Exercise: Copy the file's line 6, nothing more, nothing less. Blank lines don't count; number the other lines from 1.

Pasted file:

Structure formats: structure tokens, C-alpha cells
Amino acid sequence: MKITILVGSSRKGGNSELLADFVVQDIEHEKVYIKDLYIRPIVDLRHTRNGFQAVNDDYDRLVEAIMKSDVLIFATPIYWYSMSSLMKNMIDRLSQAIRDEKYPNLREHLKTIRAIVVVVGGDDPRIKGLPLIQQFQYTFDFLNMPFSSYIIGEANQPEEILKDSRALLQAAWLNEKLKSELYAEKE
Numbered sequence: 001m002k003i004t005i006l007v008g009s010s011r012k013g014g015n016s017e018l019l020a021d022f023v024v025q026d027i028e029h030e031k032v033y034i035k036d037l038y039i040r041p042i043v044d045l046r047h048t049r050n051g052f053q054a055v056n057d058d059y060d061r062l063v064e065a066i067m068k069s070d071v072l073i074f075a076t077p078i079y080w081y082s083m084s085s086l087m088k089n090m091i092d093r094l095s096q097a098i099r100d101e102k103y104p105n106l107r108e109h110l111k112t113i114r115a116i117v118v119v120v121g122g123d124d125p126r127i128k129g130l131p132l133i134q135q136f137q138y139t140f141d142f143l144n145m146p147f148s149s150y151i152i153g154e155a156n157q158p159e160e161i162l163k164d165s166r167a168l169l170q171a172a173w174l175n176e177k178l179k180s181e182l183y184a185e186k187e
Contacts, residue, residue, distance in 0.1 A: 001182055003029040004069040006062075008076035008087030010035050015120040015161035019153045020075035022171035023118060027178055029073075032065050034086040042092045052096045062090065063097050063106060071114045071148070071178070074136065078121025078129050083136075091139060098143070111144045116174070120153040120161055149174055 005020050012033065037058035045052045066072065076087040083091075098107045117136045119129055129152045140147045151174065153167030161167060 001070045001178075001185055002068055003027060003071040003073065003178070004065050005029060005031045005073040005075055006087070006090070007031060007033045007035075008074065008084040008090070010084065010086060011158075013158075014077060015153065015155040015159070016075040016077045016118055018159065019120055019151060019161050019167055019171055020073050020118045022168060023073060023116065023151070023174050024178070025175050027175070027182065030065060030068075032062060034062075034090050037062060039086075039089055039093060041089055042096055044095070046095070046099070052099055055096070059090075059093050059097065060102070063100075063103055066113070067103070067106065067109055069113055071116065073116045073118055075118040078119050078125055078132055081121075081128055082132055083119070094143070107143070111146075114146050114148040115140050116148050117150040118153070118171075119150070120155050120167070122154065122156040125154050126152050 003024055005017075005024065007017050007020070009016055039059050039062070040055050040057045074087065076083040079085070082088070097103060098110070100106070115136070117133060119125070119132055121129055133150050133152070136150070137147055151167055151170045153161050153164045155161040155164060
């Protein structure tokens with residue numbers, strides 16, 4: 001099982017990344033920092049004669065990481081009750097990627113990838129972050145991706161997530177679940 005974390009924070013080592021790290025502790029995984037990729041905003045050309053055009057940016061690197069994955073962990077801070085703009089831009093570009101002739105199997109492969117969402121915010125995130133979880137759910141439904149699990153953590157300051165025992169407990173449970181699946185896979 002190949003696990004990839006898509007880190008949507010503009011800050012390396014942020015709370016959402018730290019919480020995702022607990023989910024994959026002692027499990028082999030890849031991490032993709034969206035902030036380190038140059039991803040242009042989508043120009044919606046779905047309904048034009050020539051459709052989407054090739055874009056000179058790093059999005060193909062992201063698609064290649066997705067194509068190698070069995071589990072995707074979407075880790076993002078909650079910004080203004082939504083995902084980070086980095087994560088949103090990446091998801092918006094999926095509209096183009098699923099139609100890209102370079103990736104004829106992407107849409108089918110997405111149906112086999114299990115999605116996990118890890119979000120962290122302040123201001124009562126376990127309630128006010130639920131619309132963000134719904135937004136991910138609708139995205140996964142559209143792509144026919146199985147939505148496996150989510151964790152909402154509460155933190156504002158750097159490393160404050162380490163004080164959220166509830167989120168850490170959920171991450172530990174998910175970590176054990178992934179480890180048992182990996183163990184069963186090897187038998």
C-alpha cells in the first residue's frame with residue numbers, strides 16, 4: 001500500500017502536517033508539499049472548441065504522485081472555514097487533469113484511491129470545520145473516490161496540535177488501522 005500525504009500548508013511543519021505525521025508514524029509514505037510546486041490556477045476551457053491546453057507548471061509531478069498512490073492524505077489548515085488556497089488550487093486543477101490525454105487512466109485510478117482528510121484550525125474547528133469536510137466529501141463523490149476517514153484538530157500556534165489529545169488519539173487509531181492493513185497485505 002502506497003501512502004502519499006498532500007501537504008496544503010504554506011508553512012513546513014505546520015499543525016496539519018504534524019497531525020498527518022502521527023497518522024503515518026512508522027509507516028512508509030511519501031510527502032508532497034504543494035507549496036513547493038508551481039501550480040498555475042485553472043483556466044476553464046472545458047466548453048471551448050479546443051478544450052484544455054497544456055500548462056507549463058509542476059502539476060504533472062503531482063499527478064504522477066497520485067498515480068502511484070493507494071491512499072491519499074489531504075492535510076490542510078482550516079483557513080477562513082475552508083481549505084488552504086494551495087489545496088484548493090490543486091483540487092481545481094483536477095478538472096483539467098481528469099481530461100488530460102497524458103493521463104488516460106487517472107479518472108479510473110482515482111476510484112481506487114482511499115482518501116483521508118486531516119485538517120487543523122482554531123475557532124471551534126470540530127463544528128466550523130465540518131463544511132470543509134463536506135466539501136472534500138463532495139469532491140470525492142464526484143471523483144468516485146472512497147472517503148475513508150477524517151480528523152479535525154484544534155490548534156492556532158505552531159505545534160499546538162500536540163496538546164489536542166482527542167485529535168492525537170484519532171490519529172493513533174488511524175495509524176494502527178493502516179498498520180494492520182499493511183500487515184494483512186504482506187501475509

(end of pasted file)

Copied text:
C-alpha cells in the first residue's frame with residue numbers, strides 16, 4: 001500500500017502536517033508539499049472548441065504522485081472555514097487533469113484511491129470545520145473516490161496540535177488501522 005500525504009500548508013511543519021505525521025508514524029509514505037510546486041490556477045476551457053491546453057507548471061509531478069498512490073492524505077489548515085488556497089488550487093486543477101490525454105487512466109485510478117482528510121484550525125474547528133469536510137466529501141463523490149476517514153484538530157500556534165489529545169488519539173487509531181492493513185497485505 002502506497003501512502004502519499006498532500007501537504008496544503010504554506011508553512012513546513014505546520015499543525016496539519018504534524019497531525020498527518022502521527023497518522024503515518026512508522027509507516028512508509030511519501031510527502032508532497034504543494035507549496036513547493038508551481039501550480040498555475042485553472043483556466044476553464046472545458047466548453048471551448050479546443051478544450052484544455054497544456055500548462056507549463058509542476059502539476060504533472062503531482063499527478064504522477066497520485067498515480068502511484070493507494071491512499072491519499074489531504075492535510076490542510078482550516079483557513080477562513082475552508083481549505084488552504086494551495087489545496088484548493090490543486091483540487092481545481094483536477095478538472096483539467098481528469099481530461100488530460102497524458103493521463104488516460106487517472107479518472108479510473110482515482111476510484112481506487114482511499115482518501116483521508118486531516119485538517120487543523122482554531123475557532124471551534126470540530127463544528128466550523130465540518131463544511132470543509134463536506135466539501136472534500138463532495139469532491140470525492142464526484143471523483144468516485146472512497147472517503148475513508150477524517151480528523152479535525154484544534155490548534156492556532158505552531159505545534160499546538162500536540163496538546164489536542166482527542167485529535168492525537170484519532171490519529172493513533174488511524175495509524176494502527178493502516179498498520180494492520182499493511183500487515184494483512186504482506187501475509